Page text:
Monday, 30 July 2012

Blog 1/5 - Turning Thirty

It was my thirtieth birthday in May.  The day fell on a Sunday, so food wise it was an easy decision - roast lunch!  But aside from that, it was a very quiet occasion.  My parents had just come back from Wales, we were aware that very soon my uncle would be going into hospital (which turned into a real nightmare) and I don't think that any of us really felt up to making much of a song or dance about it.

But anyone who knows me knows that musical-type behavior doesn't really suit me, so we had a great time!

Deb made the cake.  I dropped it.  It didn't make much of a difference, really.

The surface of an ice-cream cake, looking a bit like that scene from The Thing right at the end.

My camera kit had been expanded with a 50mm f1.4 lens.  Hence lots of lovely shallow depth to the photos.

A pretty, pretty photo of my birthday cake, candles lit and light reflecting on glasses.

I didn't feel much fear about turning thirty.  I know it's quite traditional to start fretting about the state of your life in general and your internal organs in particular.  But on the whole (not withstanding a little glum thoughts about wasted time...but only for a minute or two) it was very happy and felt much like, well, not quite a start, but definitely a strong footfall in a recently begun sprint.  I almost wrote 'sprint to the finish', but that sounds rather fatalistic.  Perhaps it should be an early footfall in a long and interesting ramble.

Most importantly for this mind-set, of course, was that I got to spend the day with Deborah.  How could I be worried about the future when it has her in it?

The usual suspects - an amazingly attactive woman in a particularly pretty dress, light streaming onto her skin and hair, casting a golden aura around her, reflecting her inner glory.  And me staring at the camera like a psycho.

So really, that's it.  I can't write much more, which seems a shame when this is the start of my Olympian five post week.  But it was really that simple.  And that happy.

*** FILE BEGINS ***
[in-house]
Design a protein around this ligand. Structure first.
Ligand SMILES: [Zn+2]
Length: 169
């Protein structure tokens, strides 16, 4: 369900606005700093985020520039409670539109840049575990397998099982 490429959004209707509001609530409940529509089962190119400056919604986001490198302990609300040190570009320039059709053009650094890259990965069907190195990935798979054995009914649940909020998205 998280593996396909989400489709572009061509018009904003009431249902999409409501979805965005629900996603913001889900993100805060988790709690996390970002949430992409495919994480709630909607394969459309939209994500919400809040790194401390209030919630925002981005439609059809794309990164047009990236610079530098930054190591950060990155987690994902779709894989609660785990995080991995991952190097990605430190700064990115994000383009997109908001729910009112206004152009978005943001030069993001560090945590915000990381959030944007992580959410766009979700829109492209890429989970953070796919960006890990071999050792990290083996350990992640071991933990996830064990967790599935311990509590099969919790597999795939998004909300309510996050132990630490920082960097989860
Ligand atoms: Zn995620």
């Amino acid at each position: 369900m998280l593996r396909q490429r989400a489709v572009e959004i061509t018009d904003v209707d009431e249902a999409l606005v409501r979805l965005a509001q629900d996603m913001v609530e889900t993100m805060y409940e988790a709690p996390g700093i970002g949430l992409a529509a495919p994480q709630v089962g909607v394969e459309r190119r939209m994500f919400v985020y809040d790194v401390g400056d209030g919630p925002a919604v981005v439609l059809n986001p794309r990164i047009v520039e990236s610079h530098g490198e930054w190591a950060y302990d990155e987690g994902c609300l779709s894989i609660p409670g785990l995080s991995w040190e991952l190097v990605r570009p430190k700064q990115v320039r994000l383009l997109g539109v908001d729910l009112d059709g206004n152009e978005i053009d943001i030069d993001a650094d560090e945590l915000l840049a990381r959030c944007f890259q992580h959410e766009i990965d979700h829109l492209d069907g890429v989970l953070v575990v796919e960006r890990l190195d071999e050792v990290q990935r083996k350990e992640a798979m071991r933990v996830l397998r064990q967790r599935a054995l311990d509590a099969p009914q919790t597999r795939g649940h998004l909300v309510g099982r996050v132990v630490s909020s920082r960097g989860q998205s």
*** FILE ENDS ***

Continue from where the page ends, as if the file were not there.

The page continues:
1. I have found all the major round number birthdays (20,30,40...) to be mostly inconsequential. It's those odd little numbers like 23 or 37 that the really life changing things seem to happen. For some reason 55 was much better than expected. It's a milestone yet things are essentially still working and pain free (at least for me). The only big upcoming decade mark of 60 seems to have a greater significance than the rest. Perhaps because it's just two years from Social Security eligibility and things (various body parts) finally seem to be wearing out. The grocery stores and movie theaters will ask if you want the "senior discount" and you finally, finally realize that you will never be competing in the Olympics. But you can still watch, and read Olympian posting efforts. I look forward to all. - Steve

    1. Thanks Steve, let's hope reading the posts take slightly less effort than competing in some Olympic events ;)

      Age has always seemed a little inconsequential. I always looked a lot older than I was, so at 12 when I was being taken via taxi to the hospital school, people thought I was one of the medical staff. I think my age has just about caught up with my body, and it's likely that my body will now speed on ahead again! But it really does make a mockery of the importance of specific ages. It really is all about what's happening to you at certain times. I hope that the 60s treat you well. And remember, the oldest medal winner at the Olympics was a Canadian rider at the age of 61. So don't count yourself out yet!